Thomas J. Hatem Memorial Bridge (US 40)
The oldest of the MDTA's facilities, this 1.4-mile, four-lane bridge opened in August 1940. Its spans the Susquehanna on US 40 between Havre de Grace and Perryville in northeast Maryland Tolls are collected in the eastbound directions only.
The E-ZPass® electronic-toll-collection system also is available at the Hatem Bridge.
HATEM BRIDGE E-ZPASS® CUSTOMER SERVICE CENTER CLOSED THROUGH SUMMER 2021
Facility Contact Information:
- Thomas J. Hatem Memorial Bridge
6000 Pulaski Highway
Perryville, MD 21903
- TTY 410-355-7024
- E-mail: email@example.com
- Construction Dates: February 1939 - August 1940
- Cost: $5 million
- Location: River between Harford and Cecil Counties; 1.3-mile, four-lane bridge; vertical clearance is 89 feet; 0.5 miles of approach roadway.
- Traffic Volume: 10.2 million vehicles (both directions)
Thomas J. Hatem Memorial Bridge History:
The Thomas J. Hatem Memorial Bridge across the Susquehanna River on US 40 is the oldest of the nine toll facilities operated and maintained by the Maryland Transportation Authority (MDTA). The first vehicles crossed the span between Havre de Grace and Perryville on August 28, 1940.
The bridge, however, does not represent the first crossing of the Susquehanna River between the Harford County community of Havre de Grace and the Cecil County town of Perryville. A succession of ferries made the trip for more than 200 years, a railroad bridge was constructed during the last half of the 19th century, and a vehicle bridge opened in 1910.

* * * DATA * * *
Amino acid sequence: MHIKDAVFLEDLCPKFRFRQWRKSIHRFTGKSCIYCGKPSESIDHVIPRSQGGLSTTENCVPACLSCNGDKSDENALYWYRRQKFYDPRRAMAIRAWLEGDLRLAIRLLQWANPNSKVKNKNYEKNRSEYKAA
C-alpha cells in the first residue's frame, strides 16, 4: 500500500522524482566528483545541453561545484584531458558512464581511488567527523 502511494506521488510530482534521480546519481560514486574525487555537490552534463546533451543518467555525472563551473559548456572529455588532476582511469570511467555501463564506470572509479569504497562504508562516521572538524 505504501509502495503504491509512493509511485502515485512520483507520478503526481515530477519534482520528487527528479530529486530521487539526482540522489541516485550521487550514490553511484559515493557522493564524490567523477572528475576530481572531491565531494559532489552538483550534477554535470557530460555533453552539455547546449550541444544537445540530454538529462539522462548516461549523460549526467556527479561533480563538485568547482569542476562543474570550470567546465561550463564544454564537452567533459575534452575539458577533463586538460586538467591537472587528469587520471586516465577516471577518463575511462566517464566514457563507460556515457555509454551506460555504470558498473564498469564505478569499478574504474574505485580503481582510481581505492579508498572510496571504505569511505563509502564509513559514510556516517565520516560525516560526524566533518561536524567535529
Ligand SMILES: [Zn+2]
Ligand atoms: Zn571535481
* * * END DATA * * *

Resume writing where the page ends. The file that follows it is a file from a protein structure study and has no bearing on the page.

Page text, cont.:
The 1910 structure, acquired by a group of private citizens who operated it as a toll facility between 1910 and 1923, was converted from a railroad bridge constructed in 1873. The State Roads Commission (SRC), predecessor of the MDTA, bought the bridge in 1923 and continued to operate it as a toll facility.
The structure was extremely narrow -- with a roadway only 13 feet wide. Heavy trucks inched past each other, and there were many side-swiping accidents on the bridge. Traffic usually moved at a snail's pace.
To alleviate the problem, the SRC dualized the bridge in 1926 by building a deck over the old bridge, converting each level into a crossing for one-way traffic. This project was considered one of the most ingenious bridge-engineering feats of the time.
Then, new problems surfaced. The new deck had a vertical clearance of 12.5 feet - barely sufficient to accommodate the growing number of commercial vehicles traveling the bridge in the 1930s. Frequently, trucks stacked too high with freight became wedged between the deck and the overhead structure and could proceed only after their tires were deflated to allow adequate clearance.
The need for a newer, more modern, structure became apparent in the mid-1930s.
At the same time, the Maryland General Assembly authorized the State Roads Commission to formulate a comprehensive plan for the construction of bridges and tunnels across major bodies of water in Maryland. These projects would be financed and operated through toll funding.
The plan developed by the SRC was ratified by the United States Congress in 1938 under its regulatory powers over navigable waterways. The plan became known as Maryland's Primary Bridge Program and provided, among other projects, for the construction of a bridge across the Susquehanna River parallel to the double-decker structure.